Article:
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Drilling for Geothermal and CCS Data in West Virginia

Dr. Shikha Sharma, WVU professor of Geology and IsoBioGeM lab director, is leading a team of researchers who are gathering data from an exploratory well near Morgantown. Drilling started in mid-May. Funded by the U.S. Department of Energy, the team will collect the first geological data on whether geothermal reservoirs can be a clean energy source for parts of West Virginia and Mid-Appalachia.  Carbon storage is also part of the research project.

This exploratory well is a borehole drilled 3 miles vertically to assess the geothermal heat potential in this region.  The well is being used to collect critical rock samples and data on heat temperatures. It will not be a production well, meaning no energy or heat will come out of the well, only scientific data and rocks. No fracking is involved.

Learn More : Exploring Geothermal Energy for West Virginia

What’s so hot about this research?

Mention geothermal energy in the US, and most will point to the West. This research will help decide if geothermal heat can be added to West Virginia's energy mix.

  • Advancing WVU's efforts to add cleaner, renewable power to reduce its carbon footprint
  • Deepest geothermal borehole in Mid-Appalachia (15,000 ft.)
  • Using state-of-the-art oil and gas drilling techniques for a geothermal data well
  • Evaluating shallow formations for thermal energy storage
  • Researching low-temperature geothermal data in the eastern U.S. and demonstrating its capabilities as a heat resource beyond the western states

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Keeping you updated on the latest geothermal projects at West Virginia University.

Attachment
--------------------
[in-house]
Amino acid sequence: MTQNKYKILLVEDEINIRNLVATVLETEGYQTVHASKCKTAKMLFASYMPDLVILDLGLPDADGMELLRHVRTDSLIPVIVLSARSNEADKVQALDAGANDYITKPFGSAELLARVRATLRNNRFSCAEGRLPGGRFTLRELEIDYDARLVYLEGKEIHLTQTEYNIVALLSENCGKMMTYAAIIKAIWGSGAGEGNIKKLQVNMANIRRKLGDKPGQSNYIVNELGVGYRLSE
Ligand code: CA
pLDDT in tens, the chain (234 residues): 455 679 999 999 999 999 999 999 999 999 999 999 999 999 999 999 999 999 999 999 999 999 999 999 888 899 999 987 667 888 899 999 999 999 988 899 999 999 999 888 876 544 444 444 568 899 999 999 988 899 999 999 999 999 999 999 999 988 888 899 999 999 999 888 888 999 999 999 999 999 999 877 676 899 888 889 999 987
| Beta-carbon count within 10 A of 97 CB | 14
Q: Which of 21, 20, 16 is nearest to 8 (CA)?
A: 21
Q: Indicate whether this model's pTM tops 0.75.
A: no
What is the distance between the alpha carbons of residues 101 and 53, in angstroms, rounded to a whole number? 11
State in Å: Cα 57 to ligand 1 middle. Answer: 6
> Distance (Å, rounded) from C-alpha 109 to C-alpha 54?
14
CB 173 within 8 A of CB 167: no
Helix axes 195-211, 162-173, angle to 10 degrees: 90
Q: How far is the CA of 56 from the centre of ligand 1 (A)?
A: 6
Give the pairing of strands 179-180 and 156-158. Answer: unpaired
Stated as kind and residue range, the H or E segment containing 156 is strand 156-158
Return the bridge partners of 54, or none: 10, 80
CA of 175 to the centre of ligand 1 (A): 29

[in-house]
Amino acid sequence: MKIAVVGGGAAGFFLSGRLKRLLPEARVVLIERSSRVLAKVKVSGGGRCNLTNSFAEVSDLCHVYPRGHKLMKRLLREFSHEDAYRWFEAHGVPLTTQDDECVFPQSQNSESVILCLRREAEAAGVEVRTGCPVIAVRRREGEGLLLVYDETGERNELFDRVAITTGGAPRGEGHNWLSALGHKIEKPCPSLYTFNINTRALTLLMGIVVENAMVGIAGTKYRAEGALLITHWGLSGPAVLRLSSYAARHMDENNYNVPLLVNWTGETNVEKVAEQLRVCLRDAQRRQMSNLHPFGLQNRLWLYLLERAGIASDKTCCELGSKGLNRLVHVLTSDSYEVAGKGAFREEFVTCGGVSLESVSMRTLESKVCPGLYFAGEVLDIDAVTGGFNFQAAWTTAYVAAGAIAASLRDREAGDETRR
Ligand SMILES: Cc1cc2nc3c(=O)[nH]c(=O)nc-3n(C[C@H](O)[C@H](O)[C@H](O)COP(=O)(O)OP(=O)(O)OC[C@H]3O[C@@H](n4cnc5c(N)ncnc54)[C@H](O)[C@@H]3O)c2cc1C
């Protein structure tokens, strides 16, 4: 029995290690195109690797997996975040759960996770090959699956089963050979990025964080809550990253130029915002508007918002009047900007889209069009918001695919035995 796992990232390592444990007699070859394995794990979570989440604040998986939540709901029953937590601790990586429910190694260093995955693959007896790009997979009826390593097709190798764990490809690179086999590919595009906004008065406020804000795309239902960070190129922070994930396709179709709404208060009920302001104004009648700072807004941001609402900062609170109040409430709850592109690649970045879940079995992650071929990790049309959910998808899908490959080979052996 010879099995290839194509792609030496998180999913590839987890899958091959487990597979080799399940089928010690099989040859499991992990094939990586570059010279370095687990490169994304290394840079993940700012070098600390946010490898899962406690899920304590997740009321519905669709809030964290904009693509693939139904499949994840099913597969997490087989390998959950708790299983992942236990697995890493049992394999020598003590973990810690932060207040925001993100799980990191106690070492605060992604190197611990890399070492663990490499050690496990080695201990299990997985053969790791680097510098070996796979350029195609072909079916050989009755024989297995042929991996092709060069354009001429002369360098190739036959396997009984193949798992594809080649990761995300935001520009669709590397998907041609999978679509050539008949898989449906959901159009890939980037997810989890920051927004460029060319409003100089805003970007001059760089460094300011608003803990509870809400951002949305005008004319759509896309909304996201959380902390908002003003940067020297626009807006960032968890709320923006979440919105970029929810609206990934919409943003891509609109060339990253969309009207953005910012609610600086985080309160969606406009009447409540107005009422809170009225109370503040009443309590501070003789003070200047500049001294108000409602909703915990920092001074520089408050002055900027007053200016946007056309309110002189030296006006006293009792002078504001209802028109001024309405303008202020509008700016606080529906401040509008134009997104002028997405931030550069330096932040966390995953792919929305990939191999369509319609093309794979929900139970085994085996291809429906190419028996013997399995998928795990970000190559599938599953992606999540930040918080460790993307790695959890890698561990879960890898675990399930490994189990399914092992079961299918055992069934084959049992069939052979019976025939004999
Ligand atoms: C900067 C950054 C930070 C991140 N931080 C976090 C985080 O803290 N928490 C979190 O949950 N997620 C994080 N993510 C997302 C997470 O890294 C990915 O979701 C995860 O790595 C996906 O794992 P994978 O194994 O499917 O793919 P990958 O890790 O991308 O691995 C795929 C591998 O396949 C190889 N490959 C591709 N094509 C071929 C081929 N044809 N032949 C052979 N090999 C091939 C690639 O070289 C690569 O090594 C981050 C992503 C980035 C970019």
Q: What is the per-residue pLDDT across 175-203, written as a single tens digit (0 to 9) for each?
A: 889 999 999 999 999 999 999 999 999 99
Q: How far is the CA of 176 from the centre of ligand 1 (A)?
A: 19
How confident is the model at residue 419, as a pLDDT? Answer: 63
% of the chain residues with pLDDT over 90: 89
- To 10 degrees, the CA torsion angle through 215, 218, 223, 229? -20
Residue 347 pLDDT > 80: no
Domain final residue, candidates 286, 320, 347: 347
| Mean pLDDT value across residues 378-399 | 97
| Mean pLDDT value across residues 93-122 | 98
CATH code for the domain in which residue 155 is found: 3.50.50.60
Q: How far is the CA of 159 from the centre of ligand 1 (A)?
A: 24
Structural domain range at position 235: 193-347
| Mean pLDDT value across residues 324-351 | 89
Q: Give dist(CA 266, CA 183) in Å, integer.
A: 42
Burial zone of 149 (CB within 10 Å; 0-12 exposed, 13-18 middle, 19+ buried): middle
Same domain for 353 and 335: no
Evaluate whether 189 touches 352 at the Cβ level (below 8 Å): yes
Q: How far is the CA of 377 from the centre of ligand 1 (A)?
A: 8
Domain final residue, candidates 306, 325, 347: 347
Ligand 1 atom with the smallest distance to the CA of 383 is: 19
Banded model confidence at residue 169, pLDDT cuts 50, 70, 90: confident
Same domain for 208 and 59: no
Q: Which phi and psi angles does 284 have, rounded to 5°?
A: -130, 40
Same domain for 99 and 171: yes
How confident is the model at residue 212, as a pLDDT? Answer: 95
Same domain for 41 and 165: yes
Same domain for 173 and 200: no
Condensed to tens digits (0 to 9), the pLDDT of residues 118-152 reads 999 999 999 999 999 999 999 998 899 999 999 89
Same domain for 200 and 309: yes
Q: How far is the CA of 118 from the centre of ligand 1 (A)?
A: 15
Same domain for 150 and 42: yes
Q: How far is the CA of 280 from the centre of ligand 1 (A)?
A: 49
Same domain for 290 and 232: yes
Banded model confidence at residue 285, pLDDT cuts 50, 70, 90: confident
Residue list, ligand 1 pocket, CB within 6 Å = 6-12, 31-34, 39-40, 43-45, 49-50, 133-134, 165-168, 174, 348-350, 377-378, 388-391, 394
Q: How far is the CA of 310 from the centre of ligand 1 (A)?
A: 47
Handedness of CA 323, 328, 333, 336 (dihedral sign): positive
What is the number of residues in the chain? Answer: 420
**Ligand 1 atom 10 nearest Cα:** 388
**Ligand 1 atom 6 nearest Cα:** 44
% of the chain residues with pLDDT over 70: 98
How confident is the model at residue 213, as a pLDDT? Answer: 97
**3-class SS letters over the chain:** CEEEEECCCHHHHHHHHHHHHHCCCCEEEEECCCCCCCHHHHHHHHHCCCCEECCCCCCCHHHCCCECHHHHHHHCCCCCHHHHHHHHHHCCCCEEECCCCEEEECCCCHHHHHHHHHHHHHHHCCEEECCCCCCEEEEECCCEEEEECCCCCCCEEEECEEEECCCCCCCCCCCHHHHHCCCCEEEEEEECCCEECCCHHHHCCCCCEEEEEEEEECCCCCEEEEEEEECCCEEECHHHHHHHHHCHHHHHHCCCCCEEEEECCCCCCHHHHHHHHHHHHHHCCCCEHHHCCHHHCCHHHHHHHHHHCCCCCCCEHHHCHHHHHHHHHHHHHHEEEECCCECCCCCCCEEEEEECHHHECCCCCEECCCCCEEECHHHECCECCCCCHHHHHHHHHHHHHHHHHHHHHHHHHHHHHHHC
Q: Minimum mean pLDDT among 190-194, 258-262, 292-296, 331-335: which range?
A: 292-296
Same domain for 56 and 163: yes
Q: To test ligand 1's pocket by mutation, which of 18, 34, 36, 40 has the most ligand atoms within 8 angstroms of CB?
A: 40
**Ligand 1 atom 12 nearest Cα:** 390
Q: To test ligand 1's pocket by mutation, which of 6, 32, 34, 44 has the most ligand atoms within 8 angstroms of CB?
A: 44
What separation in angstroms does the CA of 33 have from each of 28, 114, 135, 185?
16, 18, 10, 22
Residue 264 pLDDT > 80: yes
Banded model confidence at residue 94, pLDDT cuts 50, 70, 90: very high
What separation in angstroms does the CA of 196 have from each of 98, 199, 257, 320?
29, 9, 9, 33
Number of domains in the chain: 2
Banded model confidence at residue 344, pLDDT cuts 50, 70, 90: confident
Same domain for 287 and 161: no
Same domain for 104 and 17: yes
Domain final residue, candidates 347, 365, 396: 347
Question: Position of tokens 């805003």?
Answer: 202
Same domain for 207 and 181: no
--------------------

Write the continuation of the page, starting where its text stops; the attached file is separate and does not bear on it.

WVU geothermal well pad in Morgantown, West Virginia

Same geology, same drilling, different resource: Geothermal interest simmers in Pennsylvania

WVU's geothermal well may be example for rest of the region.
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geothermal well pad image by Andy Travis, Northeast Natural Energy

Project explores potential of geothermal in West Virginia

The WVU geothermal well in the Morgantown Industrial Park, which began drilling in mid-May, has so far reached 1,300 feet in depth. 

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WVU researchers at geothermal well site

First geothermal well in West Virginia drills for new potential

West Virginia is well known for being a gas and oil state, but now officials with that background are hoping to use their experience to add geothermal to the energy mix.
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Image of geothermal experiment in WVU lab

Bubbling to the surface: WVU engineers develp new geothermal energy technology

WVU researchers develop a new airlift approach to optimize current geothermal pump technologies.
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View all news.

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